When Walter Cole was discharged from the military in the late 1950s, he had little idea that his alter ego, the female impersonator Darcelle, would emerge and that he would become the proprietor of the longest-running drag cabaret on the West Coast.
Born in 1930, Cole spent his childhood in the scrappy northwest Portland neighborhood of Linnton. After his military service, he created a conventional life in far southeast Portland as a married man with two children. He worked at a Fred Meyer store and was, as he told an interviewer in 2005, a guy with “a crew cut and horn-rimmed glasses.”
But the military had put $5,000 in his pocket at discharge, and it was starting to smolder. On an impulse, he bought a coffeehouse near Portland State University called Caffé Espresso and plunged into a bohemian world that was just starting to change from a beatnik to a hippie scene. With live music at Caffé Espresso, Cole nurtured the transition of the local music scene from folk troubadours to acid rock bands.
When urban renewal swept through southwest Portland, Cole moved Caffé Espresso to Southwest Third and Clay, across the street from Civic Auditorium. He opened an after-hours jazz club called Studio A in the basement, where many locals, including Tom Grant, and touring musicians jammed all night. When the new location was threatened by urban renewal, he sold it. In 1967, Cole used the $5,000 urban renewal compensation as a down payment on a derelict tavern called Demas on Northwest Third and Davis. The space became Darcelle’s XV.
Cole had a long-standing interest in acting and had worked in Portland Civic Theater productions for years, but it wasn’t until he bought the tavern that Darcelle emerged and Cole accepted that he was gay. In 1969, he left his wife of eighteen years to form a permanent relationship with Roxy Neuhardt. He remained married, and despite years of uncomfortable relationships with his son and daughter, the family connections survived.
As Cole’s alter ego, Darcelle was a glamorous and witty performer—false-eyelashed, wreathed in jewelry, and draped in shiny fabric. When Darcelle was born, dancing and performances involving more than one musical instrument were forbidden in Oregon taverns. To skirt the rules, performers at Darcelle’s lip-synched and mimed to recordings. When Roxy Neuhardt did a ballet-like adagio with another man, the club received a fine from the city. As Oregon’s liquor laws were liberalized in 1973, Darcelle’s became a regional magnet for those who liked drag cabaret. After San Francisco’s famous drag club Finocchio’s closed in 1999, Darcelle’s inherited the title of oldest female impersonator cabaret on the West Coast.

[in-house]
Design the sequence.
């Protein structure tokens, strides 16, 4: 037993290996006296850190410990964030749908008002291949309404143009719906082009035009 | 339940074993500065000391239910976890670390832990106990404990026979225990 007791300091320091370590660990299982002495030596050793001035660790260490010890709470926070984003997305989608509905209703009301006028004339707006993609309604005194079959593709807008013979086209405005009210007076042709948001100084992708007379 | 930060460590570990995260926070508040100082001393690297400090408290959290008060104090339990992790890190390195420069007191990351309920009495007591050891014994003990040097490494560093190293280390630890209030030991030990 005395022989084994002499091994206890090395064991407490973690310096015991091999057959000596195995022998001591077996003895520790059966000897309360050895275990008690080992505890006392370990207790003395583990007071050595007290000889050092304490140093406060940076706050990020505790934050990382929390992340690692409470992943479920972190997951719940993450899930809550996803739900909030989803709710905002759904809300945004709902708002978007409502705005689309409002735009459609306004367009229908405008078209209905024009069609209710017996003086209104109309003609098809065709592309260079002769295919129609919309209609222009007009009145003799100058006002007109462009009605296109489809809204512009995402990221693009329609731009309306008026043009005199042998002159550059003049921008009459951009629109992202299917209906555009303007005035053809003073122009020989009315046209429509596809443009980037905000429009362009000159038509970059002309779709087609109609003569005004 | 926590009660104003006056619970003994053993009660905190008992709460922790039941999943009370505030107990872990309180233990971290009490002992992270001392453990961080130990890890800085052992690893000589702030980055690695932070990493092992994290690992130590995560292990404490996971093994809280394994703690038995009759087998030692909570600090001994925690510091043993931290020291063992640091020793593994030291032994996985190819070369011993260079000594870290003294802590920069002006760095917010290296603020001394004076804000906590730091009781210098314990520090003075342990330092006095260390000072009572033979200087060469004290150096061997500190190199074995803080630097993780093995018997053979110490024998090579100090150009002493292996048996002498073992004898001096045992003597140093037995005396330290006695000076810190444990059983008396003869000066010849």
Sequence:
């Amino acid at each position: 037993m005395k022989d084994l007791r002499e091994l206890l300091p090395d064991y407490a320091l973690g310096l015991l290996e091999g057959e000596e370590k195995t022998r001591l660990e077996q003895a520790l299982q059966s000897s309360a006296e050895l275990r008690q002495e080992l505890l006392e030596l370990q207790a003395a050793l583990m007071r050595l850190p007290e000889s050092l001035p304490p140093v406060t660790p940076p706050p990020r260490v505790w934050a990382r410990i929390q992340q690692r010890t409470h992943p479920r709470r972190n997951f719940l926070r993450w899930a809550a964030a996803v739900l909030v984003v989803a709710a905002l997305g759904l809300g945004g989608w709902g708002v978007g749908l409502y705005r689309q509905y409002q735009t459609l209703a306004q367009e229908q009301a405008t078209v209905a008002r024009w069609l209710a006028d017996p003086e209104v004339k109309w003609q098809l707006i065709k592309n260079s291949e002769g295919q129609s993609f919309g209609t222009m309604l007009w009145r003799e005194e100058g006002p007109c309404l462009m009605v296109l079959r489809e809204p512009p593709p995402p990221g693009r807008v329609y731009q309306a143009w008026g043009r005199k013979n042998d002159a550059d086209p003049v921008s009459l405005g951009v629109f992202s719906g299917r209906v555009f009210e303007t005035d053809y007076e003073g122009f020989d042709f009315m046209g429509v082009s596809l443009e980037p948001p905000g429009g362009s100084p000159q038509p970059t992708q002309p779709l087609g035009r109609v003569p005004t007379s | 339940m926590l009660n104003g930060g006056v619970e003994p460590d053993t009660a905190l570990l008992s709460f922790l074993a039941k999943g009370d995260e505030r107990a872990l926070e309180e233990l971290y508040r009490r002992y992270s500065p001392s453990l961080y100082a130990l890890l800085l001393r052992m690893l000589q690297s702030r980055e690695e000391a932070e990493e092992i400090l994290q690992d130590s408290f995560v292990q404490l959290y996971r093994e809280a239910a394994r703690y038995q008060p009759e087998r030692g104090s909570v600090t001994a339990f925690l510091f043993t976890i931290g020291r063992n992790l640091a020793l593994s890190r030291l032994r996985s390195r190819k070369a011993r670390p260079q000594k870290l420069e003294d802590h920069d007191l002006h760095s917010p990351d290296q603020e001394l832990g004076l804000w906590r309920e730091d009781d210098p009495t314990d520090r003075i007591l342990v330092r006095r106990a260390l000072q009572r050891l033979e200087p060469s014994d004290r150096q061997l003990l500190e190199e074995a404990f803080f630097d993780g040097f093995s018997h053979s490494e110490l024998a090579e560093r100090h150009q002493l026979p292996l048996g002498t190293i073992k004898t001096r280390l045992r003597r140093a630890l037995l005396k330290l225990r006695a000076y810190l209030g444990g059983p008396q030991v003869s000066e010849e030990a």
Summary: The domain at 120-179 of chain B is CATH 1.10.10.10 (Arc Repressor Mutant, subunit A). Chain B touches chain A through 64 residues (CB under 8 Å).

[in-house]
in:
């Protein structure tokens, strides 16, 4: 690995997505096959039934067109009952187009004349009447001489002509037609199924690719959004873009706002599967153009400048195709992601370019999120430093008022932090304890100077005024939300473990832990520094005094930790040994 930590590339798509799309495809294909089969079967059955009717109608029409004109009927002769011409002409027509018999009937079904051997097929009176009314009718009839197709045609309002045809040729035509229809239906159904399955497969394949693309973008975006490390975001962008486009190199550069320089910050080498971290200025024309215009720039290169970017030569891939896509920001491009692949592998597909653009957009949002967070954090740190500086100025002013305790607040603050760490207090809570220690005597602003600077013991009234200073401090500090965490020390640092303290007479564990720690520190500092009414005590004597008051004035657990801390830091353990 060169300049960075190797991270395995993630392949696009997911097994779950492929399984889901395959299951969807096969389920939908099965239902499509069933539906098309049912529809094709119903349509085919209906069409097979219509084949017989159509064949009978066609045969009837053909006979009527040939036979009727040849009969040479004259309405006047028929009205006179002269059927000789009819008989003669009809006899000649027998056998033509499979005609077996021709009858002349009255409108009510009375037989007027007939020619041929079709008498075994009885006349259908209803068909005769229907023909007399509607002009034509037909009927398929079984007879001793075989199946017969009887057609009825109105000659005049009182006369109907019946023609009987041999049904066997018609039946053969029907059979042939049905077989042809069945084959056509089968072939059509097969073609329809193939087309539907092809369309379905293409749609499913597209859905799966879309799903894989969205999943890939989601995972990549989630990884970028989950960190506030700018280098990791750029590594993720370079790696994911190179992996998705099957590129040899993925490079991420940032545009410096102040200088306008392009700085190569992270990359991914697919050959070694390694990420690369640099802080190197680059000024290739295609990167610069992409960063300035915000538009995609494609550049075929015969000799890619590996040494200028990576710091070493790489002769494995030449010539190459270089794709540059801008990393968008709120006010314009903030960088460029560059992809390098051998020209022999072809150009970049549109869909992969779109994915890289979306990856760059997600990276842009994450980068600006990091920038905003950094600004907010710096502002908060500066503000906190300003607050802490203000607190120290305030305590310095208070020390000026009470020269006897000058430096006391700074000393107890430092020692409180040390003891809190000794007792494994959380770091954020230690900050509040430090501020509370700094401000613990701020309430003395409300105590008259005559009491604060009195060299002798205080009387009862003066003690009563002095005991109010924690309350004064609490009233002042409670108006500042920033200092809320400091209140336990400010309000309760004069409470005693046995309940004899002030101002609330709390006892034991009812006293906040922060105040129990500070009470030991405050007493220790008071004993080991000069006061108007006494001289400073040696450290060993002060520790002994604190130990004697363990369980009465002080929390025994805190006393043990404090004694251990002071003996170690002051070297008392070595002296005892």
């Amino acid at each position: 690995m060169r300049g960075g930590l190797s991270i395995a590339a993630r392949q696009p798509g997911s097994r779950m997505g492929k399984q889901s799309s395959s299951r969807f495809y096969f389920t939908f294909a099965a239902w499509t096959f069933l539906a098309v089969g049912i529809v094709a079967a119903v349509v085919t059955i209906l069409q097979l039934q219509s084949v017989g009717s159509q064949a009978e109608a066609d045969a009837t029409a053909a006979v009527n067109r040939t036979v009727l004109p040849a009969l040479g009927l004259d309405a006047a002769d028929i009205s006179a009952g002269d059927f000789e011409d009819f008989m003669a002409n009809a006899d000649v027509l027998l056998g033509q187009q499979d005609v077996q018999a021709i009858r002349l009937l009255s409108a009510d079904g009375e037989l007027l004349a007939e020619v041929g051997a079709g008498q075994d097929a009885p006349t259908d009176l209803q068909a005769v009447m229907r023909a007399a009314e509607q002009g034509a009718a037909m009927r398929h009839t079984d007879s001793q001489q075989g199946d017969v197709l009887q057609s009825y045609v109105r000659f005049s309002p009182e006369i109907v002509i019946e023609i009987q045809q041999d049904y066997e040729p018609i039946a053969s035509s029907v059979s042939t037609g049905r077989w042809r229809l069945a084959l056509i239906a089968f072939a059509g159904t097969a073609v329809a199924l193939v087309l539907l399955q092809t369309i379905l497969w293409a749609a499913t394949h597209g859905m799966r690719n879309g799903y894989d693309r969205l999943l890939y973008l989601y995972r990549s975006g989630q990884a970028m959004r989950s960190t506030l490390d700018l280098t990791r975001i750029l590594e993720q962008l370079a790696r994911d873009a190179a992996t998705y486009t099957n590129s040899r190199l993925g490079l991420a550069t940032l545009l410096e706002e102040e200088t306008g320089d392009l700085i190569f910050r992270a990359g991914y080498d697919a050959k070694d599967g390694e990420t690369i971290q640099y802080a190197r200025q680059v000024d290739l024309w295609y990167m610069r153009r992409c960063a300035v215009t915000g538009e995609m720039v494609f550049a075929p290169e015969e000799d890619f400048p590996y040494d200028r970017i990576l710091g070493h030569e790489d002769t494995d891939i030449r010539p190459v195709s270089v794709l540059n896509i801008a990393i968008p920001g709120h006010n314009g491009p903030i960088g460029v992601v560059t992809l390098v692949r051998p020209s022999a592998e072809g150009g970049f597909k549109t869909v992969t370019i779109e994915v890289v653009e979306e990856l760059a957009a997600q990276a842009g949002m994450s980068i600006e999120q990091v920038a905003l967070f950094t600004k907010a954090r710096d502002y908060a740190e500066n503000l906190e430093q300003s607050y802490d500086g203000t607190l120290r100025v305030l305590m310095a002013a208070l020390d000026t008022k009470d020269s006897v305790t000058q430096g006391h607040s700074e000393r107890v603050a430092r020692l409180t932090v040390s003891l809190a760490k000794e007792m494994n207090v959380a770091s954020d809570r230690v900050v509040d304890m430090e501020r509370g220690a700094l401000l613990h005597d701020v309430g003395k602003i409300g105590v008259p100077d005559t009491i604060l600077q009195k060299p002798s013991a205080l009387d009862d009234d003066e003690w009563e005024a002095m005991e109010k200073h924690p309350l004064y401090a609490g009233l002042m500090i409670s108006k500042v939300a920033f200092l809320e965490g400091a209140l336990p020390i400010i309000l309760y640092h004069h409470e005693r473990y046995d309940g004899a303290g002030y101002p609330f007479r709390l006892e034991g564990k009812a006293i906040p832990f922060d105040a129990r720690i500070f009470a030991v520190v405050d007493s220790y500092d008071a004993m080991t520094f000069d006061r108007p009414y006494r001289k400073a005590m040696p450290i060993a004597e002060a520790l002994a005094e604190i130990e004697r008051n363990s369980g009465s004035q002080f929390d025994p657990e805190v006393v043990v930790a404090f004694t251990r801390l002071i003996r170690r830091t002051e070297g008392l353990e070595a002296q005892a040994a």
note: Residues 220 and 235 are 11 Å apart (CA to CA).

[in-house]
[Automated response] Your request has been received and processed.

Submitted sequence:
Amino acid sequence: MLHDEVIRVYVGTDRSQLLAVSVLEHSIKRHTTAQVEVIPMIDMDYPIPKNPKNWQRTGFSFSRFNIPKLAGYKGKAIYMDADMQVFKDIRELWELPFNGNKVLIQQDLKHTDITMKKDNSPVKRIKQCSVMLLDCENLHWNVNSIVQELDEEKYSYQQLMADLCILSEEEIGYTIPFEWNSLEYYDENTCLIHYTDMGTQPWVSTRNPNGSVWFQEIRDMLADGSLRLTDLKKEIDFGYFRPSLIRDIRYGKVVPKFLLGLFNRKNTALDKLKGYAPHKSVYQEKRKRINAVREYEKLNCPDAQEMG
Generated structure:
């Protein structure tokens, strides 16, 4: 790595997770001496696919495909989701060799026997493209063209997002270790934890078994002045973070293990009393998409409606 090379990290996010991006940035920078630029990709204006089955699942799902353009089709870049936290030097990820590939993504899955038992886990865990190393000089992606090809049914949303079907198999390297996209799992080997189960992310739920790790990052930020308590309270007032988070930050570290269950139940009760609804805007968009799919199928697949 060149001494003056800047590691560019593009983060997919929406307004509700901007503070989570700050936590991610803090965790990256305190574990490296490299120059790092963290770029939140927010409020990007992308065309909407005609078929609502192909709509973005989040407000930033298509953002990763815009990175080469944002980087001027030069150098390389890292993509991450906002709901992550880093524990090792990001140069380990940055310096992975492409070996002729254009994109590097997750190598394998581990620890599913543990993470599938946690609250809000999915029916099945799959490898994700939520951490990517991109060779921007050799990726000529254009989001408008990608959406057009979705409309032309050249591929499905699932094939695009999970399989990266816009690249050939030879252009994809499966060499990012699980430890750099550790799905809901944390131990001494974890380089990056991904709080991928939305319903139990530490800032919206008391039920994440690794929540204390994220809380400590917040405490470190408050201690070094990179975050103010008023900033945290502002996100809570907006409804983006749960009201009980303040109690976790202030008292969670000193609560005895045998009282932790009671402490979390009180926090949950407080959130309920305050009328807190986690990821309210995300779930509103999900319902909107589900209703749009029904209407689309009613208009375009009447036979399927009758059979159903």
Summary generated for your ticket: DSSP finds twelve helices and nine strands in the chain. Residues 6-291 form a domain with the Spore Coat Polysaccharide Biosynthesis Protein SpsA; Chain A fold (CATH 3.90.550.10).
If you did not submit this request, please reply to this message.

Over the years, Darcelle became part of the fabric of Portland culture. She appeared at many benefits and social functions, serving as grand marshal for the 2011 Rose Festival Starlight Parade and receiving the city’s Spirit of Portland award. Cole published an autobiography, Just Call Me Darcelle, in 2010, which he also staged as a one-man show performed as Cole.
In 2019, impresario Don Horn created “Darcelle: That’s No Lady” aided by noted Portland musicians Tom Grant, Storm Large, and Marv and Rindy Ross. Starring Kevin C. Loomis as Darcelle, the show celebrated Darcelle’s 51 years as a performer and her status as the oldest working drag queen in the world. In November 2020, Darcelle XV was added to the National Register of Historic Places.
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Clarke, Kelly. “Walter Cole, Just call me Darcelle.” Willamette Week, February 16, 2011. http://www.wweek.com/portland/article-16953-walter_cole_just_call_me_darcelle.html
Williams, Lee. “Darcelle uncovered: Q&A with Walter Cole.” Oregonian, April 1, 2010. http://blog.oregonlive.com/ent_impact_performance/print.html?entry=/2010/04/darcelle_uncovered_q_and_a_wit.html